Civilization and War

Civilization and War

Brett Bowden

Civilization and war were born around the same time in roughly the same place – they have effectively grown up together. This challenges the belief that the more civilized we become, the less likely the resort to war to resolve differences and disputes. The related assumption that civilized societies are more likely to abide by the rules of war is also in dispute. Where does terrorism fit into debates about civilized and savage war? What are we to make of talk about an impending ‘clash of civilizations’? In a succinct yet wide ranging survey of history and of ideas that calls in to question a number of conventional wisdoms, Civilization and War explores these issues and more whilst outlining the two-way relationship between civilization and war.

Chapter 7: Civilizations at war?

Brett Bowden

Subjects: politics and public policy, international politics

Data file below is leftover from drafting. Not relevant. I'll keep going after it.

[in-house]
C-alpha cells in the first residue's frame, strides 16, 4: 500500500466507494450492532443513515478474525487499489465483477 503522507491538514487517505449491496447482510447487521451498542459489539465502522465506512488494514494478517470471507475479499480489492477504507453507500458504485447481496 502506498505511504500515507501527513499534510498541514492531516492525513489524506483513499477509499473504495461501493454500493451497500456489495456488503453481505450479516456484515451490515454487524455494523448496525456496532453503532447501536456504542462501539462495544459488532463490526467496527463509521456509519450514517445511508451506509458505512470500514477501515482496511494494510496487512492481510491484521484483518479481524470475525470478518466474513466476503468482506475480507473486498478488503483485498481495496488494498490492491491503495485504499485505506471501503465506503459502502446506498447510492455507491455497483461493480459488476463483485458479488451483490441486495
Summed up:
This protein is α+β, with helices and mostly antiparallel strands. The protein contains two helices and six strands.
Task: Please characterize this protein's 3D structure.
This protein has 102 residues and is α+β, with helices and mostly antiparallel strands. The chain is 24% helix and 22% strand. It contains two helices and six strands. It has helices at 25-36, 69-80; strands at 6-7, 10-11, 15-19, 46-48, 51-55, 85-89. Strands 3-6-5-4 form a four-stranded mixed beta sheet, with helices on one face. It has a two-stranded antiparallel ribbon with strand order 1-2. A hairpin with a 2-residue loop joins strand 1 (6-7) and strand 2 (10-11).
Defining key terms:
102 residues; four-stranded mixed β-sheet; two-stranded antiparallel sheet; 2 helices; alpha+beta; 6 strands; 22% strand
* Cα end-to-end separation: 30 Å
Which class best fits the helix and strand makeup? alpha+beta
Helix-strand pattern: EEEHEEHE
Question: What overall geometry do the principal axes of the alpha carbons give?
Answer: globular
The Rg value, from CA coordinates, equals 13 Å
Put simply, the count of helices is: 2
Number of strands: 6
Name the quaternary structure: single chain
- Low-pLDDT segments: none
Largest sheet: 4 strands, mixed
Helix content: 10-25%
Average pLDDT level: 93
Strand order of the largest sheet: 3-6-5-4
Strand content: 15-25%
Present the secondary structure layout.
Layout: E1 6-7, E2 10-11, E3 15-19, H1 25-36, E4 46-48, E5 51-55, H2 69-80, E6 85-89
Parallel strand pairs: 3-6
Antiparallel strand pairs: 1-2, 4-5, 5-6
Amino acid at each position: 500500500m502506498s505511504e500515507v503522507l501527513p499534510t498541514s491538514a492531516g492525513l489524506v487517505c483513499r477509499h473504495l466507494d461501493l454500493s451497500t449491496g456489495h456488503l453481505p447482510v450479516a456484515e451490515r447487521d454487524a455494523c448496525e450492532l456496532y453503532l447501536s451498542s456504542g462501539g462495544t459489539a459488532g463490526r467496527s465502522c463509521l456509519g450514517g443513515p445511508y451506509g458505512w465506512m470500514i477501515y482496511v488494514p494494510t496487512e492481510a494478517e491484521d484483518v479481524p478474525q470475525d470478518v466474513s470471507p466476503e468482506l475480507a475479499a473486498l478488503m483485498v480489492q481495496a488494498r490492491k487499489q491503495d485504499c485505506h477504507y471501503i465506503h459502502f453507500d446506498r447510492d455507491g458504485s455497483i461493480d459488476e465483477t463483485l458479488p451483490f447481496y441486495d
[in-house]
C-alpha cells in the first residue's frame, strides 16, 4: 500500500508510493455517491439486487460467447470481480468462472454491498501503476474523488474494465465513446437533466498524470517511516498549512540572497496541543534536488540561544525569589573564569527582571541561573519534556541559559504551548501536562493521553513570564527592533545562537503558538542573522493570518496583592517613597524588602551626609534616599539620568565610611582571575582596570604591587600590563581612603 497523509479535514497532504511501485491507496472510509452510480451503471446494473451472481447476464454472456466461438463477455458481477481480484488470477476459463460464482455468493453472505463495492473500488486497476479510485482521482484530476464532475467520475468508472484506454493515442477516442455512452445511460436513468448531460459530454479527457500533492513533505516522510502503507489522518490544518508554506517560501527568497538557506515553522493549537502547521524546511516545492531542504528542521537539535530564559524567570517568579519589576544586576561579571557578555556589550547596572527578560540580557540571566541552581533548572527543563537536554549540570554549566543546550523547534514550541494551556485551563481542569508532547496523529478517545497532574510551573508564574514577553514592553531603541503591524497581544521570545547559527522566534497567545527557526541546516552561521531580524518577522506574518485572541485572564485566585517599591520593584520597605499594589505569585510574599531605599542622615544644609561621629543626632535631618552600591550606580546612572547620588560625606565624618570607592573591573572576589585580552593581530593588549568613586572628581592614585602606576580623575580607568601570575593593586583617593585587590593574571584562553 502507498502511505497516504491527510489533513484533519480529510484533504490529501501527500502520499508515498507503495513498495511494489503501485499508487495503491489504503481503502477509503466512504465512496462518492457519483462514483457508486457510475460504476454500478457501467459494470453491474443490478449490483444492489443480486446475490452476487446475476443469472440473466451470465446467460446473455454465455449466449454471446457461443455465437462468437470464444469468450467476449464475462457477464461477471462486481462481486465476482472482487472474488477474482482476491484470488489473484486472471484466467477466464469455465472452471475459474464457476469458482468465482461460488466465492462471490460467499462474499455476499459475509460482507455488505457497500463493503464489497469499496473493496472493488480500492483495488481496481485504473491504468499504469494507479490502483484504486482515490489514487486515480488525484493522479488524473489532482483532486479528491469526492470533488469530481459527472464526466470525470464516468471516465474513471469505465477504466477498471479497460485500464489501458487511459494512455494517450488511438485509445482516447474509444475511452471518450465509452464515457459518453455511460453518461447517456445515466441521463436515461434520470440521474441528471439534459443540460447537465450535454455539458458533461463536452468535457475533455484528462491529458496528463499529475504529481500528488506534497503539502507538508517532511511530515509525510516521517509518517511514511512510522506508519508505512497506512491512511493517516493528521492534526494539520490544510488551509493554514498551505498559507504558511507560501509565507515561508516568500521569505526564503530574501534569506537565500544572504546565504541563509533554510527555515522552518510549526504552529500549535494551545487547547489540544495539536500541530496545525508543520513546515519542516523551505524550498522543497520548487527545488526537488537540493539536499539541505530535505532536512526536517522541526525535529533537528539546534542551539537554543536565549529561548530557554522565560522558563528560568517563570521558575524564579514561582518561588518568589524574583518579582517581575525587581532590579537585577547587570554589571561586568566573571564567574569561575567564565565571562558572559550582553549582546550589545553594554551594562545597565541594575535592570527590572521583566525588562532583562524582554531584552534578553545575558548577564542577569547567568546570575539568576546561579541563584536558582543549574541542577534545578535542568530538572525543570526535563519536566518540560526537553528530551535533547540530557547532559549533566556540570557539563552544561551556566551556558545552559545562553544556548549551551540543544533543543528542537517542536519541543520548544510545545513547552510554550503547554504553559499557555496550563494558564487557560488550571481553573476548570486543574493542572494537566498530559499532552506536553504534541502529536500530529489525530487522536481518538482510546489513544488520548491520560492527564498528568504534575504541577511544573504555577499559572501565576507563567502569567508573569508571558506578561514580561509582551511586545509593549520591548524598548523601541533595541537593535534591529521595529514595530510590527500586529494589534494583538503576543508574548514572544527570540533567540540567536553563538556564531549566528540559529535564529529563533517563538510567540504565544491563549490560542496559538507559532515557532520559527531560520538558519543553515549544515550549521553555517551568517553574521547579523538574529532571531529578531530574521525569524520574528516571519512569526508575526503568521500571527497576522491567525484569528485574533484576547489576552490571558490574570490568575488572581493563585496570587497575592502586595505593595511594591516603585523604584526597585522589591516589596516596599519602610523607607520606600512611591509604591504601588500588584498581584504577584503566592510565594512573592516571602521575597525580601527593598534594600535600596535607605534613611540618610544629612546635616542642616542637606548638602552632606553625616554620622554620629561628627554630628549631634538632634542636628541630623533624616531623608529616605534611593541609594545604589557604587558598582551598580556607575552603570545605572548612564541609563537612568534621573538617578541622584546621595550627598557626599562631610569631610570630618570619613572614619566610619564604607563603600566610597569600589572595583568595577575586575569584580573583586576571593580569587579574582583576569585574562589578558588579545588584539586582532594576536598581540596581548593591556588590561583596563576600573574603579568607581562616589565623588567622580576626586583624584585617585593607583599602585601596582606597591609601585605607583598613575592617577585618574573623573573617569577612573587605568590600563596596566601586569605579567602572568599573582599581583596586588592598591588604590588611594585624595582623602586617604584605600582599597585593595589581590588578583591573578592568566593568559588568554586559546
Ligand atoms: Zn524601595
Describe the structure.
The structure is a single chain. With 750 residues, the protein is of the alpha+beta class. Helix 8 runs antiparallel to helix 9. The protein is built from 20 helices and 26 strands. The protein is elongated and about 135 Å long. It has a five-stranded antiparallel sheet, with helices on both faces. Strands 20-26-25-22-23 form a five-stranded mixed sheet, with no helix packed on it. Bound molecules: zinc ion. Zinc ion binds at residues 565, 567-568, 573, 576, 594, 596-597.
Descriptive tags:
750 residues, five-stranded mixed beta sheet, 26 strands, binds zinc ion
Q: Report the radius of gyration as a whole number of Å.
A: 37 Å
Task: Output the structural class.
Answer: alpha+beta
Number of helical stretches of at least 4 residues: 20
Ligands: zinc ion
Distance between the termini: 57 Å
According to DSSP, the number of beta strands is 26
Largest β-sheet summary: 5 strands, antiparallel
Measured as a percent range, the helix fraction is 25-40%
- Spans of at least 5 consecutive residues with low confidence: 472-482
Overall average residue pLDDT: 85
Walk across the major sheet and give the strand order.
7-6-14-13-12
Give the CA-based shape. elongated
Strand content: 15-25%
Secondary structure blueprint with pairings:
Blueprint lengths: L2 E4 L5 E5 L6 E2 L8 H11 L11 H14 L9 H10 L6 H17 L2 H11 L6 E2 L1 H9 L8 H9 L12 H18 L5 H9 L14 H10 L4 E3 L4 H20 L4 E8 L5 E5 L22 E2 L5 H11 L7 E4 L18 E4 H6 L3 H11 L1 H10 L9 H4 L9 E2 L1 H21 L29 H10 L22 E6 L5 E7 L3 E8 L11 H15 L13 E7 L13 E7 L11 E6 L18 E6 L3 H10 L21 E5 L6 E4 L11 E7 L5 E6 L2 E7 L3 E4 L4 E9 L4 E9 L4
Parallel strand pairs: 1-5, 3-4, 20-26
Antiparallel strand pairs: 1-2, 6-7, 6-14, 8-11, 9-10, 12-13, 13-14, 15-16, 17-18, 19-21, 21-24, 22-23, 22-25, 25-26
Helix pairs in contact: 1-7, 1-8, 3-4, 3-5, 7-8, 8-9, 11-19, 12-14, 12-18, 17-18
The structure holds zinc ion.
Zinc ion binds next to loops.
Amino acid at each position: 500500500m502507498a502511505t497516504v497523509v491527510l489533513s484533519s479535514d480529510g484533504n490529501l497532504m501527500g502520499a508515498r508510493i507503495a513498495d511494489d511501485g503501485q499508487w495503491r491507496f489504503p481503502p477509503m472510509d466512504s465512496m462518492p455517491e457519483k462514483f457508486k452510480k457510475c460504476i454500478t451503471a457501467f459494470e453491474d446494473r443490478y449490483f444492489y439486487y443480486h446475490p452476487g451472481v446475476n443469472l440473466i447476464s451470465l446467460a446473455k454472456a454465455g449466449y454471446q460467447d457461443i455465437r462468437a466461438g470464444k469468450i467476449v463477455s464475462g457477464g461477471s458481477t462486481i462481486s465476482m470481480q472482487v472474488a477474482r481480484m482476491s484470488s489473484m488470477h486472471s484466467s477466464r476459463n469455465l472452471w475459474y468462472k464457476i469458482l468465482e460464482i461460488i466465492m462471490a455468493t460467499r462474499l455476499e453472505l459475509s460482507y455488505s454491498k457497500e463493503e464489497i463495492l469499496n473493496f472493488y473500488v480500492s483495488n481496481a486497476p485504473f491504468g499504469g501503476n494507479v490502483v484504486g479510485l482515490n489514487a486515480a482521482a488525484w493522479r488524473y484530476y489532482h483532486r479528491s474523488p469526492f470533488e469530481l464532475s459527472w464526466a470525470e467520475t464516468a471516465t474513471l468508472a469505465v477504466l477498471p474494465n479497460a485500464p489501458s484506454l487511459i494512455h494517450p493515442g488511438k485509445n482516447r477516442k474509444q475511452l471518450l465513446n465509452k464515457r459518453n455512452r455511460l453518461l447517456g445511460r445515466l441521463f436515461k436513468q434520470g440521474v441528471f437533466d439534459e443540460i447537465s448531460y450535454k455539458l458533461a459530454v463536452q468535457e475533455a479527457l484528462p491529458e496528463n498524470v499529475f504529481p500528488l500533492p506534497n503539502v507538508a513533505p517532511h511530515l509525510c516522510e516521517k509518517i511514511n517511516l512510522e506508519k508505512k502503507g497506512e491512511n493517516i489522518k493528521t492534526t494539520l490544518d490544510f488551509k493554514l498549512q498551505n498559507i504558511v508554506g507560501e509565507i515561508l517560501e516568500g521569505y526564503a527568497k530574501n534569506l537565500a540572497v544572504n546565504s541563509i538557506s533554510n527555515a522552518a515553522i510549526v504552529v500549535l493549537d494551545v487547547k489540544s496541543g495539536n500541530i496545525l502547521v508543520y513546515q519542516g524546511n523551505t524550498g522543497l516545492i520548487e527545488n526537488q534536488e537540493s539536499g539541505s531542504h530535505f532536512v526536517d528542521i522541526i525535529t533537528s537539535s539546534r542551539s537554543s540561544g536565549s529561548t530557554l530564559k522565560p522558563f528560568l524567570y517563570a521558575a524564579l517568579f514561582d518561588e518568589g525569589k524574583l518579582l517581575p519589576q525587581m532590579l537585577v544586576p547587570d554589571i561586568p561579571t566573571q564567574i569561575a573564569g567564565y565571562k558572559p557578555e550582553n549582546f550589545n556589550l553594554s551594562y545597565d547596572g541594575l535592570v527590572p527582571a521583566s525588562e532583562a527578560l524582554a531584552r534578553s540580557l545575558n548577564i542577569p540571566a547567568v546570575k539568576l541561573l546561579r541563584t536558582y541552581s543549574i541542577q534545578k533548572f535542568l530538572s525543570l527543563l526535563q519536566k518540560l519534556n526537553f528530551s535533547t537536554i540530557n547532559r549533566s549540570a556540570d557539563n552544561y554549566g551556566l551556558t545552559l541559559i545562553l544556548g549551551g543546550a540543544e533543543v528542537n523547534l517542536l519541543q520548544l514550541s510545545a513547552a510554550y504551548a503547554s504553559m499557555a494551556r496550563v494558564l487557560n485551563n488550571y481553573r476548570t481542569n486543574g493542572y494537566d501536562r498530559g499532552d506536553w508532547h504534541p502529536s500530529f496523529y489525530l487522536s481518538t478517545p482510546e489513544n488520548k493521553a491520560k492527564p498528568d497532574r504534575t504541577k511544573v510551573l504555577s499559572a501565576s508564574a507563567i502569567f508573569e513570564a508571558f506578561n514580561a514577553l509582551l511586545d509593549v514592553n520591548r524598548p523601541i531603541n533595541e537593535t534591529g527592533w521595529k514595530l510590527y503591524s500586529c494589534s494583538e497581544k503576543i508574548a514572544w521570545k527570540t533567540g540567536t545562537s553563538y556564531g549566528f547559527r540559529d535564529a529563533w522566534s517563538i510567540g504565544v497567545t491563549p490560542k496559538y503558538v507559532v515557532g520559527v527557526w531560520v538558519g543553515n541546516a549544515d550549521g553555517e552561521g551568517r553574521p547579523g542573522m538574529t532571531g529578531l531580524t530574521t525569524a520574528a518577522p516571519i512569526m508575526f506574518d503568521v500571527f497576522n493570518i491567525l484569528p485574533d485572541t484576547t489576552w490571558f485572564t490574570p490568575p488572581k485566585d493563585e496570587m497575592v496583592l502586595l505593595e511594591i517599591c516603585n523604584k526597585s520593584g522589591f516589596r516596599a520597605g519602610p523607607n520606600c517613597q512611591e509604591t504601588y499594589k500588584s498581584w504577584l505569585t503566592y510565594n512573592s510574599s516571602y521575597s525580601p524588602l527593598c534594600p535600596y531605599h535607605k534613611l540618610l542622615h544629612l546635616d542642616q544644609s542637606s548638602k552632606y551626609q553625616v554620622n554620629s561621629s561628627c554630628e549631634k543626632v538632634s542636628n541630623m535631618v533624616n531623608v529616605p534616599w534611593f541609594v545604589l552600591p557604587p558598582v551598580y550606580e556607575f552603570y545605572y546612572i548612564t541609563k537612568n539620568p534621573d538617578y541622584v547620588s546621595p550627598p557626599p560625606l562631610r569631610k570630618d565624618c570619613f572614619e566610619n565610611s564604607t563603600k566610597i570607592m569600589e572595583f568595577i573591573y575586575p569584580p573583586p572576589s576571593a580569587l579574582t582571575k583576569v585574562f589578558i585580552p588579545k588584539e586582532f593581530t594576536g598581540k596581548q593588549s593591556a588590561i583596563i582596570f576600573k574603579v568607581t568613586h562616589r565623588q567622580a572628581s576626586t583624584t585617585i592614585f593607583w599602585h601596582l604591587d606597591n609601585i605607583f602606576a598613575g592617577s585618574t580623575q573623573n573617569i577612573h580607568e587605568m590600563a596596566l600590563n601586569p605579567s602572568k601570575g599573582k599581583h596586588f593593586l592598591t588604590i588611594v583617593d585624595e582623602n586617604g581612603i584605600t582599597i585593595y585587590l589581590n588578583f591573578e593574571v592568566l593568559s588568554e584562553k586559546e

It seems appropriate for a book on civilization and war to engage with the issue of war between civilizations. With the end of the Cold War, and particularly since the terrorist attacks of September 11, 2001, there is a growing impression that the various civilizations to which we belong are somehow fundamentally at odds with one another and prone to clashing. This is especially the case when it comes to relations between the Western and Islamic worlds, with some observers seeing their history of interactions as defined by a recurring or ongoing series of confrontations and clashes – from the eleventh-century Crusades (1095–1291) through to events being played out in the Middle East and Afghanistan in the wake of 9/11. This in turn has given rise to claims and arguments about how or why one side or the other might ultimately prevail in the clash of civilizations. Unfortunately, preoccupation with clashes and confrontations obscures what many civilizations share in common and overlooks centuries of migration, mingling, and peaceful co-operation.

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